One of our most popular articles in on the art of rev matching, which is a skill which can be even more relevant for motorcycles than cars. This article is loosely aimed at track riders but is also relevant for the road to improve your smoothness and comfort – it also sounds great and is easier on your transmission. If you ride with a pillion and you knock helmets when changing down gears, this technique could be the answer.
When slowing to a halt this tip is less useful.
Bike engines can sustain very high engine speeds – the Honda CBR250 for example could safely rev to 19,000 rpm before it was restricted to 18,000 due to Japanese regulations. When rapidly changing down through the gears while slowing down, as the clutch is released there is a tendency for each shift to force the engine speed to rise significantly, and this can generate a serious amount of engine braking at the rear wheel. A degree of engine braking can be useful when slowing down, but in extremes can lead to jerky forward weight transfers and unsettle the bike – the last thing you need when entering a corner. In extreme cases the rear wheel could lock unless your bike is fitted with mechanical methods of preventing this such as a slipper clutch. Be aware that relying on a slipper clutch to smooth your gear changes is a really bad habit to get into.
On a bike, riders are encouraged to move through the gears to keep the engine operating in the power band. As bikes have sequential gearboxes, the risk of selecting second gear from sixth at 80 mph then letting the clutch out is low, however rev matching as each gear is selected will lead to a smoother experience for the rider, and will improve your confidence on the track.So how do you do it?
Consider this scenario – you’re approaching a corner and are starting to set up the bike. You position the bike correctly, and need to apply the brakes and select the correct gear for a good exit. For simplicity, we’ll assume the correct gear is one gear down. You apply the brakes and get the bike to a suitable entry speed to the corner, and before you turn in you select the lower gear. At this moment, it’s most essential the bike is settled and stable – so a jerky gear change should be avoided at all costs. Sure, you can smooth out a change by slowly letting out the clutch – but this isn’t really a something that’s going to shave seconds off your lap time.
If you’d like to learn more about cornering, click here In principle, rev matching is simple – as you select the gear and before you let out the clutch, blip the throttle to raise the engine revs. With practice you’ll be able to match the revs to the speed of the road and the gear, until one day it will be instinctive. You know you’ve nailed it when you let out the clutch and there is no noticeable forced rise in revs and the associated weight transfer. As you get better you’ll be able to combine all of the actions into a fluid series of events – but as you’re learning it may be easier rather than a ‘blip’ to elevate the revs to a sensible level and hold the throttle there while you smoothly release the clutch – it really depends how rapidly you hope to shift, and how smooth you want to be.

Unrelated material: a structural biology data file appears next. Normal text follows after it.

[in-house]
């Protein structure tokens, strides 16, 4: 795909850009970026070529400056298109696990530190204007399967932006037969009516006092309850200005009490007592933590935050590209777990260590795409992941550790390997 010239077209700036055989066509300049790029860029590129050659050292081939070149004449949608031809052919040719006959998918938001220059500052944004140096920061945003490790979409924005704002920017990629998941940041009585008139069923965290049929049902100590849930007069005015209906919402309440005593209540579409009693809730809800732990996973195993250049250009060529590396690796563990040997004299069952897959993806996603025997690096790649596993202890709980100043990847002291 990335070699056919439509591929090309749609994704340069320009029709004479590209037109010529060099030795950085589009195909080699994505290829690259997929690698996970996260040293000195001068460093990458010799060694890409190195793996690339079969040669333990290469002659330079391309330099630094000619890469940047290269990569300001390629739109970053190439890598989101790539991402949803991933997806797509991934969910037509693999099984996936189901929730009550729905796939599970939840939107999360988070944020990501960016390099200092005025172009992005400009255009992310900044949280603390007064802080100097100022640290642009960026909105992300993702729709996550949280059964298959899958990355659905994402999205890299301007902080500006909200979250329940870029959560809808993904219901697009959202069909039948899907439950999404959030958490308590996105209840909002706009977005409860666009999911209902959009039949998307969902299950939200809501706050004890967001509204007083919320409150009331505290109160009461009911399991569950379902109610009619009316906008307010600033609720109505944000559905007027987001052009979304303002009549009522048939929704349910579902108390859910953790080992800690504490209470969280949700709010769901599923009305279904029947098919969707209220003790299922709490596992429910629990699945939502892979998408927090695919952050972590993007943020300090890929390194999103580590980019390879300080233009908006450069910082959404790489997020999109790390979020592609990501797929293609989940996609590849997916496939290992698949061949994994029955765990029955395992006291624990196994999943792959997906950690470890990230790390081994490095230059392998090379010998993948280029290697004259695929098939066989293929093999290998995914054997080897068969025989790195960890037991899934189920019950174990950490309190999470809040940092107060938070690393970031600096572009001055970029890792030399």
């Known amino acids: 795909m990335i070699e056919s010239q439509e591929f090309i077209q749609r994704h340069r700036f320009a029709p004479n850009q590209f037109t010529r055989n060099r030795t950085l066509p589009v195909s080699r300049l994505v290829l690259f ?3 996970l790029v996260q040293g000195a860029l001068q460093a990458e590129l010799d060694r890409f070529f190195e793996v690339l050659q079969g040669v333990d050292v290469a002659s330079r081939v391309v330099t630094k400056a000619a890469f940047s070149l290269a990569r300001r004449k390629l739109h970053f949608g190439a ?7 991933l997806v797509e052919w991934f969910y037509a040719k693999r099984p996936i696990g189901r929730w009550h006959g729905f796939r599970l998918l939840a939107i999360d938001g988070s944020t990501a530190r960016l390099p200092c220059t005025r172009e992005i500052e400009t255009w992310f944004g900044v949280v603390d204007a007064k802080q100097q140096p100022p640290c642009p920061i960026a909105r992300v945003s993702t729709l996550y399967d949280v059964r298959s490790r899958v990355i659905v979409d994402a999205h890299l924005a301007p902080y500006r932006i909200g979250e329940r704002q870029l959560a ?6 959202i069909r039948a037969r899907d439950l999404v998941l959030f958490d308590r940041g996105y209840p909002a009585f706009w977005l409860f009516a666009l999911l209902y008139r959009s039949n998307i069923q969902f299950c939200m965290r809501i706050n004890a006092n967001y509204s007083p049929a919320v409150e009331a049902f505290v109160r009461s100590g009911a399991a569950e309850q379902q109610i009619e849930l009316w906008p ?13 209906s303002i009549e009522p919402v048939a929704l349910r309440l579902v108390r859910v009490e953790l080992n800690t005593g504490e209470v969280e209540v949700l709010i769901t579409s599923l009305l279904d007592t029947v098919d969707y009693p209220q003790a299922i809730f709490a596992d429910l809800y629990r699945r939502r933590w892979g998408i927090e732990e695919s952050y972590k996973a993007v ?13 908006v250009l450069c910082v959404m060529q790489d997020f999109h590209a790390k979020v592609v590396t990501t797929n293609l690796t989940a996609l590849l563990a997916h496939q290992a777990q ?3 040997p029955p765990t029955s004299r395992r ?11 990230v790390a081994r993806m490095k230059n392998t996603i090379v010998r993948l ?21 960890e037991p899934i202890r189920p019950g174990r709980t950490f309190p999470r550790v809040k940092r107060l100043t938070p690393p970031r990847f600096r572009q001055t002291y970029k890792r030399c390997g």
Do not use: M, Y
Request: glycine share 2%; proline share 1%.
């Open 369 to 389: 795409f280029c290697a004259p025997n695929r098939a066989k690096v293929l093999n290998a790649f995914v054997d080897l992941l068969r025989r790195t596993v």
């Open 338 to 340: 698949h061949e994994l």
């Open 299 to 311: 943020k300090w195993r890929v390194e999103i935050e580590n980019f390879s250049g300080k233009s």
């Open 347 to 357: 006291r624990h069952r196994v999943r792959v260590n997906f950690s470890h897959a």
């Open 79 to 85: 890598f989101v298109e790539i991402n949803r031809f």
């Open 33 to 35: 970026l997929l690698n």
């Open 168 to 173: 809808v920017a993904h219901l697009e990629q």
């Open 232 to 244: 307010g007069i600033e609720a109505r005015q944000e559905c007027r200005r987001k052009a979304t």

Rev matching while braking
If you’re a confident track rider and you’re starting to brake later into corners, you’ll need to find ways of shortening the process of positioning the bike, braking, changing gear and turning in. One of the best ways of doing this is to combine the braking and gear changing stages into a single fluid phase. It can be very rewarding to get right and can shave seconds off your lap time.
The key is to make sure you can comfortably operate the brake and the throttle simultaneously with your right hand. To do this, you might need to adjust the reach of the brake lever, or possibly buy a replacement. Finger position is really a matter of taste, most riders use their index and middle fingers on the brake and their ring and little fingers on the throttle. Priority should be given to the brake, so make sure you have a good grip and are unlikely to slip off (think potholes).
Now assuming you are familiar with rev matching, all you need to do is rev match while on the brakes. This does require a fair amount of coordination, and if your gloves aren’t particularly flexible or thick it can be tricky to get right. With practice you’ll be able to smoothly flick down through the gears and let out the clutch without a jerky forward weight transfer – the goal is to be as smooth as possible.
Depending on your preference and your bike, this can be combined with block shifting to compress the time taken to be fully prepared for the corner. In this case, block shifting means changing down multiple gears without letting the clutch out until the required gear is engaged. Some bikes (and riders) don’t react particularly well to this, do worth experimenting and find out what suits your style.
Please note, that with all motorcycle techniques, real life tuition is much more valuable that learning the theory online – it’s great to understand the principles, but please don’t attempt anything you are not comfortable with unless you have been provided with the necessary training and advice. If you disagree with any of the topics we discuss, please stick to the style of riding you’re happy with. This is arguably one of the more advanced motorcycle riding techniques, and as a mistake could affect your braking please be sensible and seek tuition.